Welcome to Warblends, a series where we look at science fiction/science fantasy tools of war and how you might bring these to life in your campaigns by blending what is realistic and what is fun. While we’d love you to buy our game, we strive to keep our articles system agnostic for your convenience.
Today we continue our dive into body armour by looking at some of the most common means of personal defence in science fiction and how many of the same challenges facing armour designers today, would also shape these futuristic technologies.
Welcome to the first article of Warblends, a series where we look at science fiction/science fantasy tools of war and how you might bring these to life in your campaigns by blending what is realistic and what is fun. While we’d love you to buy our game, we strive to keep our articles system agnostic for your convenience.
To get us started I’d like to talk about body armour, that thin layer of protection between your players and all the things that keep trying to kill them for some reason.
A well formatted PDF does a great job of resembling the pages of a print book and so you’ve probably assumed there’s not a lot involved in making a PDF ready for print. That’s not true – this wouldn’t be much of an article if it was – but let’s look at the actual process involved in creating a ‘print-ready PDF’.
This is part 2 of an article. You can read the first part here.
For RPG fans Print on Demand (POD) would seem to be an amazingly wonderous invention. All those PDF rulesets, settings books and adventure modules could be automagically turned into print books I can hold in my hands. After years of waiting I can finally have a print version of the rules for horror roleplaying jenga!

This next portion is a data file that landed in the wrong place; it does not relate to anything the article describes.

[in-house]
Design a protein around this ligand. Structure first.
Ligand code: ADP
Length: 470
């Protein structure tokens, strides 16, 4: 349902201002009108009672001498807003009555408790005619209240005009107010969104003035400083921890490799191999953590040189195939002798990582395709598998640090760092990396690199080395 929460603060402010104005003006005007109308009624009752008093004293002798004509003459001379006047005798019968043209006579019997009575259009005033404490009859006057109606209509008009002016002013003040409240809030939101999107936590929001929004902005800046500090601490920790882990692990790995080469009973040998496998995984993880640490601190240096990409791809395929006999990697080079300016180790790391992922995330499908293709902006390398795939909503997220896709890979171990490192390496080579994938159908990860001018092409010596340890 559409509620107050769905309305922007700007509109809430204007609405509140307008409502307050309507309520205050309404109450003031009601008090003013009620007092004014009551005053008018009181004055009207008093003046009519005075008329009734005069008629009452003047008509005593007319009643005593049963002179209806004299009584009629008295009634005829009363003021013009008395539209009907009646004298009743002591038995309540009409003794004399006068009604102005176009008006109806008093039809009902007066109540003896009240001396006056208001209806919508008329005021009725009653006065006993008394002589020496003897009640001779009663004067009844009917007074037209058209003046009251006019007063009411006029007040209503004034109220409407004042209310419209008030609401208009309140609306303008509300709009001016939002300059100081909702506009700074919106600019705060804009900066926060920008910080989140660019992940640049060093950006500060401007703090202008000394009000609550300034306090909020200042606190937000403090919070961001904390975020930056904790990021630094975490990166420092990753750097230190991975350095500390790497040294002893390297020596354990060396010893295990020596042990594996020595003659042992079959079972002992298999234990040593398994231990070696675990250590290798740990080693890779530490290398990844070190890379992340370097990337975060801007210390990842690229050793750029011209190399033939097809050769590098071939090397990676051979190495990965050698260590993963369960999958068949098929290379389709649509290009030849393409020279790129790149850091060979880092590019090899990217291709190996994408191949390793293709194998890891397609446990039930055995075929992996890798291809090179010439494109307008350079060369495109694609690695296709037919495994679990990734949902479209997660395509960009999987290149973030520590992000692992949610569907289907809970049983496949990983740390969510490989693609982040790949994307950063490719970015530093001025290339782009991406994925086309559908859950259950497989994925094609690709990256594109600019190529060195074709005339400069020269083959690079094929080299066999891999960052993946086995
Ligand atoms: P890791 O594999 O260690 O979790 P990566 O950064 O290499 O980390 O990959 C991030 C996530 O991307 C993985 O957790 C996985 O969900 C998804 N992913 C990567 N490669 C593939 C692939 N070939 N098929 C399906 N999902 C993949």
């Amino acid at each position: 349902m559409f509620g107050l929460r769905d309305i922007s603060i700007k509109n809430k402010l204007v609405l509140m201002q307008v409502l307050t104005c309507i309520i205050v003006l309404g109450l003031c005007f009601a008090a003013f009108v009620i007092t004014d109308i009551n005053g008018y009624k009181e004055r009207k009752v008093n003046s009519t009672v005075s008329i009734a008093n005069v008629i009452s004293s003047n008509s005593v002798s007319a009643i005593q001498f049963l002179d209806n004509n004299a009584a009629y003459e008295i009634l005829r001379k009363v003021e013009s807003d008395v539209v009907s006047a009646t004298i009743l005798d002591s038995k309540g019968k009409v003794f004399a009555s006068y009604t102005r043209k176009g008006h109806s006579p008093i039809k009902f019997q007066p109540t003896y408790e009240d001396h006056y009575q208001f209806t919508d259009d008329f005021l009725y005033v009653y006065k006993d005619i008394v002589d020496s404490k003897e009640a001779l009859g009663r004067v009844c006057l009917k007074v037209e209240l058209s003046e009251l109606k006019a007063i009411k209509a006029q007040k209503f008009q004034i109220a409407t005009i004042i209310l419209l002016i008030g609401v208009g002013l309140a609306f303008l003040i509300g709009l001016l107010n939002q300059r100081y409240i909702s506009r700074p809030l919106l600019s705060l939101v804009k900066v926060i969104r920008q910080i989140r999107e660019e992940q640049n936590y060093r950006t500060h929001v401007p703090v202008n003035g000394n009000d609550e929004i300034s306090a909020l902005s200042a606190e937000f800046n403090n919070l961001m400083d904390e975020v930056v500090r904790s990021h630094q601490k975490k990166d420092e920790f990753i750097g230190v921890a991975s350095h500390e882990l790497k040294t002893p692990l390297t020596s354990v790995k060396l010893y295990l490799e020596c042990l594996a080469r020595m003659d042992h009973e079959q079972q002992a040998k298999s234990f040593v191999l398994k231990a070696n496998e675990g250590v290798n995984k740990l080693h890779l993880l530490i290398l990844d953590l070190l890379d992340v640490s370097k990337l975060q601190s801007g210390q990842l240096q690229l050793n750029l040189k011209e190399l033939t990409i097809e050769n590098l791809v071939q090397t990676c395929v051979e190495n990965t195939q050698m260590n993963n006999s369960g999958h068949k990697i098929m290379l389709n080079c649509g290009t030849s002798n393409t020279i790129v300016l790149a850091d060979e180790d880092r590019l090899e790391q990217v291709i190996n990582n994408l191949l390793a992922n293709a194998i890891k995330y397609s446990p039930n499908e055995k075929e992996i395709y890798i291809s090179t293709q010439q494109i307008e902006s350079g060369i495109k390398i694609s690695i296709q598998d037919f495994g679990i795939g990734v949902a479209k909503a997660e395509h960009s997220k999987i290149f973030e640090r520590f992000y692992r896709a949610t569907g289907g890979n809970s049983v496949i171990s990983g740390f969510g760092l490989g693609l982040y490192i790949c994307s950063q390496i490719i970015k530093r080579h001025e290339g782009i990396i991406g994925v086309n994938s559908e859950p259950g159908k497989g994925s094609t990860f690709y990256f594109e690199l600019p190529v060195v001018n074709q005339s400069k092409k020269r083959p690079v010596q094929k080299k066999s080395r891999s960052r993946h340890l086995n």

As established last week, this post will be the first of many to keep you aware of how we're doing in progressing through the body of work required to bring Wireless Soul Transmission to as many people as possible.
In the WST Play Guide there are a number of play examples and a promise that the adventure used for those play examples will be made available for free on this website. So how is that coming along?
One of the big differences between small game publishers and the big guys is the ability to effectively multitask. There are a huge number of components that contribute to releasing a product and engaging with the community. Companies with large staff pools can execute all these things simultaneously.